What is Exploratory Testing?
Meaning: Exploratory testing means simultaneous learning, test design, and test execution. It relies on the tester’s skills, knowledge, and experience to explore the software and identify defects that might be missed by traditional testing techniques. Exploratory testing is a typically performed without a formal test plan or test script, allowing the tester to focus on the areas of the software that are most likely to have issues.
During exploratory testing, the tester may use various techniques such as ad-hoc testing, scenario-based testing, and error-guessing to uncover defects. The results of exploratory testing often documented in real-time, providing valuable feedback to the development team.
Exploratory testing in software testing is particularly useful for uncovering defects that may arise from complex interactions between different components of the software. It is also useful for testing new or unfamiliar software, as it allows the tester to explore the software and learn about its behavior while testing it.
Why Exploratory Testing?
Finds Unanticipated Defects: Exploratory testing allows testers to identify defects that may not be found using traditional testing techniques. It allows testers to explore the software and test different scenarios that may not have considered during the planning phase.
Adaptable to Change: Exploratory testing is adaptable to changes in the software requirements or design. It allows testers to modify their testing approach as they learn more about the software.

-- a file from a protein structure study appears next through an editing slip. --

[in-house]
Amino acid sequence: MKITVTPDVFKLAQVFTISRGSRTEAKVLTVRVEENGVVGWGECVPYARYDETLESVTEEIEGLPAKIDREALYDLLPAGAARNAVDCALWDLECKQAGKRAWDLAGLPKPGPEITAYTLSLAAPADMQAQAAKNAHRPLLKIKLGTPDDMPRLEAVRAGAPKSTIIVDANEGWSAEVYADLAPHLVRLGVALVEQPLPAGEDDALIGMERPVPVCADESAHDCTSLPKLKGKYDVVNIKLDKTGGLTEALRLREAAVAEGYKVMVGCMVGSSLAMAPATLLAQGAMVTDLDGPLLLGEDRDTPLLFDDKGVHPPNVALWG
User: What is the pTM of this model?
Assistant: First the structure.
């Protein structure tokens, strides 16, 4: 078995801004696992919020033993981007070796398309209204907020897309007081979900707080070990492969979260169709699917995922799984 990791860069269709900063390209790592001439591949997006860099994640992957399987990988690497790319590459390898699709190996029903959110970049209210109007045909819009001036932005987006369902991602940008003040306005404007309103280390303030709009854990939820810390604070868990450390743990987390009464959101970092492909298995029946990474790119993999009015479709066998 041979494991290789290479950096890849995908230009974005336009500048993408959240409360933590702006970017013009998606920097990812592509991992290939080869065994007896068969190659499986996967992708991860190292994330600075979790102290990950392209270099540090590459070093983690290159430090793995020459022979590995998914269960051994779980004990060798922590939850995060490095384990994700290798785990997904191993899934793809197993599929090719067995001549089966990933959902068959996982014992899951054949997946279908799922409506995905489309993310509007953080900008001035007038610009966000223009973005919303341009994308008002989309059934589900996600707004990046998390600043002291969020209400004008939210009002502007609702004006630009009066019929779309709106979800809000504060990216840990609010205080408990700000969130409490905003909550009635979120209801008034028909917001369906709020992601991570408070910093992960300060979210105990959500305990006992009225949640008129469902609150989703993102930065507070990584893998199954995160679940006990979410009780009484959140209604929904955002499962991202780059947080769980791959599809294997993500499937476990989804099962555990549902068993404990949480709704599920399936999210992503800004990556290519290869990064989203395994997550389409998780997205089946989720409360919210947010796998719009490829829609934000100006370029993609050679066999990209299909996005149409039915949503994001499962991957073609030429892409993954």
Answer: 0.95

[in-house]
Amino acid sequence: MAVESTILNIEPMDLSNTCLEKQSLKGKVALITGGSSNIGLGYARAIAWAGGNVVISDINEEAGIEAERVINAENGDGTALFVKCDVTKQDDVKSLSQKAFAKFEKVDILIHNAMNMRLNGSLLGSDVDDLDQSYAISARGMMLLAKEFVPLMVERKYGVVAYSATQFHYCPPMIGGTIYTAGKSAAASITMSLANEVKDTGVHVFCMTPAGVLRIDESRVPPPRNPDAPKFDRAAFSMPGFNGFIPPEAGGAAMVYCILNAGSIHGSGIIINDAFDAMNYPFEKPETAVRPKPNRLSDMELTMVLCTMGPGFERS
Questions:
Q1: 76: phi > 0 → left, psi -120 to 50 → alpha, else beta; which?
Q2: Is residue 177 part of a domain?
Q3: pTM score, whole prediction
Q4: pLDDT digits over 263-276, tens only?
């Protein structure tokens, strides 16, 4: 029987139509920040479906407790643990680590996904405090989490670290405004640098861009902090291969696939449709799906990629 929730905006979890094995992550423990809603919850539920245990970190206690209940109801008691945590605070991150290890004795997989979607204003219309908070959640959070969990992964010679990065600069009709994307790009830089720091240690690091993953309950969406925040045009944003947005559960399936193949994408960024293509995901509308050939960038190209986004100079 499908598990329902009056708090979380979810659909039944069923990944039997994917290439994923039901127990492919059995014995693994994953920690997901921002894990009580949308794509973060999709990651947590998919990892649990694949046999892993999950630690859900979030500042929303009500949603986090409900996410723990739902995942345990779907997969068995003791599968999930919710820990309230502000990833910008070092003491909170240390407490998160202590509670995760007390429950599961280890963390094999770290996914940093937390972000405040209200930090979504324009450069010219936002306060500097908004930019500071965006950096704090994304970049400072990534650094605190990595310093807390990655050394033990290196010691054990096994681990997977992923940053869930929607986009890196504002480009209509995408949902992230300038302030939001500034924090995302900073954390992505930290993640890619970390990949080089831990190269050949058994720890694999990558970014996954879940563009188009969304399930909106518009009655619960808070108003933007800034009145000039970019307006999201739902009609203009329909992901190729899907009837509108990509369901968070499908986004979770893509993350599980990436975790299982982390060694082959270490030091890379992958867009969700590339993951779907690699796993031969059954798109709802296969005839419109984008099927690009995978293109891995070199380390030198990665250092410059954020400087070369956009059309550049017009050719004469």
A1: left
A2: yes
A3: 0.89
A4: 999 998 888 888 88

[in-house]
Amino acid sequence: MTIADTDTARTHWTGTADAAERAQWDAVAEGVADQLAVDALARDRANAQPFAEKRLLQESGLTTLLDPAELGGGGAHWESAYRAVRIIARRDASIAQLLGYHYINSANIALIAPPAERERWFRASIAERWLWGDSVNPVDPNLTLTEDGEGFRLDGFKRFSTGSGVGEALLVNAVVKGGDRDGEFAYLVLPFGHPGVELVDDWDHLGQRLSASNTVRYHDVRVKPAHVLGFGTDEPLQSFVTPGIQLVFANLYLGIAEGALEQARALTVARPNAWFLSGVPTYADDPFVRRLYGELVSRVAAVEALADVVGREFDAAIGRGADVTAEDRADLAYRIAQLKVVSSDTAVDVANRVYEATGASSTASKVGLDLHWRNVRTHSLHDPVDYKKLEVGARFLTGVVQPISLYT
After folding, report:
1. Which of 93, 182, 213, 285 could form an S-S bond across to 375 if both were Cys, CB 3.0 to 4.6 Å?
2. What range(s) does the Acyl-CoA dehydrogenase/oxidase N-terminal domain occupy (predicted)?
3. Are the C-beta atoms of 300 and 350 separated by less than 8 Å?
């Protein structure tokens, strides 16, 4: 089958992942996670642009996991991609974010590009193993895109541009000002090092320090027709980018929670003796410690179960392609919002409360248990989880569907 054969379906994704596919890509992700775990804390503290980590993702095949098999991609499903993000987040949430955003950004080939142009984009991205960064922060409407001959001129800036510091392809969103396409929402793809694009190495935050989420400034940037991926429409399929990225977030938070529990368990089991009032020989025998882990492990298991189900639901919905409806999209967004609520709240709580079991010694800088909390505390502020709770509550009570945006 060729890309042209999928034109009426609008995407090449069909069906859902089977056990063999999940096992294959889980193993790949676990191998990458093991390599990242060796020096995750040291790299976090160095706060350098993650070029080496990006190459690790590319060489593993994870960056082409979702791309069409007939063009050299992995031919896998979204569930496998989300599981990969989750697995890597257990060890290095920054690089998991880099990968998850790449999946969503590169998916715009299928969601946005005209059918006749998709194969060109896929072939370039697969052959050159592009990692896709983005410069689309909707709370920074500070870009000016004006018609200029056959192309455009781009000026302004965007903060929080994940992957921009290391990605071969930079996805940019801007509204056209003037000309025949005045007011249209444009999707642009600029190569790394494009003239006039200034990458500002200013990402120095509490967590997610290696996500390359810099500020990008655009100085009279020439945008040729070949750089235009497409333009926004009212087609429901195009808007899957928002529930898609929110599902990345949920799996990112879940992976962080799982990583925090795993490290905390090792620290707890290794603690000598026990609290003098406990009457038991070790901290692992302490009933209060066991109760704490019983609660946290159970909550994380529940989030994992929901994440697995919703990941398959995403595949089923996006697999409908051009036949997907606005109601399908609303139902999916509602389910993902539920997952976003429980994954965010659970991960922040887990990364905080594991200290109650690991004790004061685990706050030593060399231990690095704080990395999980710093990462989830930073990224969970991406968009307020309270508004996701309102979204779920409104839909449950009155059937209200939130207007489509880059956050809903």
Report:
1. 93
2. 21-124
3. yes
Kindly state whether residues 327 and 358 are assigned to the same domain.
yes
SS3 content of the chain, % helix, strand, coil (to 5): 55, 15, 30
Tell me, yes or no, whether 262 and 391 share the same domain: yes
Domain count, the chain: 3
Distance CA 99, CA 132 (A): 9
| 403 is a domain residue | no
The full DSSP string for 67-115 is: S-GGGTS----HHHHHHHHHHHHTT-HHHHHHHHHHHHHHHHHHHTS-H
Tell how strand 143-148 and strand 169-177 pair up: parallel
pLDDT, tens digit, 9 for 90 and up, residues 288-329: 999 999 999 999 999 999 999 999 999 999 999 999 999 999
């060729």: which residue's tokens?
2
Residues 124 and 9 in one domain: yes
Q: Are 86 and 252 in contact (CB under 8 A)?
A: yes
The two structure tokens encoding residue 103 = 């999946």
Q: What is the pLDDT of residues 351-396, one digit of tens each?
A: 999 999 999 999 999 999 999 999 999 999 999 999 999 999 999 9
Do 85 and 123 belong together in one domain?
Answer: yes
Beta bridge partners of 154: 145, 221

Maximizes Test Coverage: Exploratory testing allows testers to focus on the most critical areas of the software, maximizing test coverage in a shorter period.
Increases Tester Creativity: Exploratory testing allows testers to use their creativity and experience to identify defects. It encourages testers to think outside the box and test scenarios that may not be covered by a test plan.
Improves Communication and Collaboration: Exploratory testing can improve communication and collaboration between testers, developers, and other stakeholders. It provides real-time feedback that can use to improve the software.
Efficient for Regression Testing: Exploratory testing is an efficient approach for regression testing. It allows testers to quickly identify defects that may have introduced during the development process.
How To Do Exploratory Testing?
Understand the Software: Before beginning exploratory testing, the tester needs to have a good understanding of the software and its purpose. This includes knowing the intended users, functionality, and business goals of the software.
Create a Test Charter: A test charter is a high-level document that outlines the areas of the software to be tested and the testing goals. This helps focus the testing efforts and ensure that important areas of the software are covered.
Explore the Software: The tester should explore the software and test different scenarios that may not have covered by the test charter. This can include testing edge cases, error conditions, and unexpected inputs.
Document Defects: As the tester explores the software, they should document any defects that they find. This includes noting the steps to reproduce the defect, the severity of the defect, and any other relevant information.
Share Feedback: As the tester documents defects, they should share feedback with the development team. This can include reporting defects, suggesting improvements, and providing overall feedback on the software.
Iterate and Repeat: The testing process should be iterative, with the tester exploring different areas of the software and testing different scenarios. The tester should also repeat testing in areas where defects found to ensure that they have fixed.
When Use Exploratory Testing?
Exploring New Features: It can useful for testing new features or functionality that has not tested before. Since the tester has the freedom to explore the software, they can identify issues that may not have detected in scripted testing.